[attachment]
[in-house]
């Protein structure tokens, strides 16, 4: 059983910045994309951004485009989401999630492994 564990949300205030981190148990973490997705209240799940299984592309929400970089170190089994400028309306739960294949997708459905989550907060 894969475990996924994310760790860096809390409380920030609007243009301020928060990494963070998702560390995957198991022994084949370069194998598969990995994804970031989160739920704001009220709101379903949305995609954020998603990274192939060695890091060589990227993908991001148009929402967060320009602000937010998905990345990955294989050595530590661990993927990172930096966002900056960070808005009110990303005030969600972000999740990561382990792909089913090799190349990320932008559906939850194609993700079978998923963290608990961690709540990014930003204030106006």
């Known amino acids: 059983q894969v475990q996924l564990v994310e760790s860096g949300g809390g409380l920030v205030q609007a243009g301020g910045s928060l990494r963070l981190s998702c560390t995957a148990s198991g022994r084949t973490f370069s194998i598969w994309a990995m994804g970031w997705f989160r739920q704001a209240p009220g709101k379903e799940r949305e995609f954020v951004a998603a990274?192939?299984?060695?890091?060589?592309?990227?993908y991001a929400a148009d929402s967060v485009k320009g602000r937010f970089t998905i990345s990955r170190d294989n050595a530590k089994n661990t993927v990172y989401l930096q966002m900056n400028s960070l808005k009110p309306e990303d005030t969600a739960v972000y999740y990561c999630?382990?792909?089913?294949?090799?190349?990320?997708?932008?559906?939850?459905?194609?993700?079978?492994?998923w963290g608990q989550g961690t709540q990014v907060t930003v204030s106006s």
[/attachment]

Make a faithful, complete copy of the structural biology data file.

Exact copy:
[in-house]
């Protein structure tokens, strides 16, 4: 059983910045994309951004485009989401999630492994 564990949300205030981190148990973490997705209240799940299984592309929400970089170190089994400028309306739960294949997708459905989550907060 894969475990996924994310760790860096809390409380920030609007243009301020928060990494963070998702560390995957198991022994084949370069194998598969990995994804970031989160739920704001009220709101379903949305995609954020998603990274192939060695890091060589990227993908991001148009929402967060320009602000937010998905990345990955294989050595530590661990993927990172930096966002900056960070808005009110990303005030969600972000999740990561382990792909089913090799190349990320932008559906939850194609993700079978998923963290608990961690709540990014930003204030106006």
């Known amino acids: 059983q894969v475990q996924l564990v994310e760790s860096g949300g809390g409380l920030v205030q609007a243009g301020g910045s928060l990494r963070l981190s998702c560390t995957a148990s198991g022994r084949t973490f370069s194998i598969w994309a990995m994804g970031w997705f989160r739920q704001a209240p009220g709101k379903e799940r949305e995609f954020v951004a998603a990274?192939?299984?060695?890091?060589?592309?990227?993908y991001a929400a148009d929402s967060v485009k320009g602000r937010f970089t998905i990345s990955r170190d294989n050595a530590k089994n661990t993927v990172y989401l930096q966002m900056n400028s960070l808005k009110p309306e990303d005030t969600a739960v972000y999740y990561c999630?382990?792909?089913?294949?090799?190349?990320?997708?932008?559906?939850?459905?194609?993700?079978?492994?998923w963290g608990q989550g961690t709540q990014v907060t930003v204030s106006s």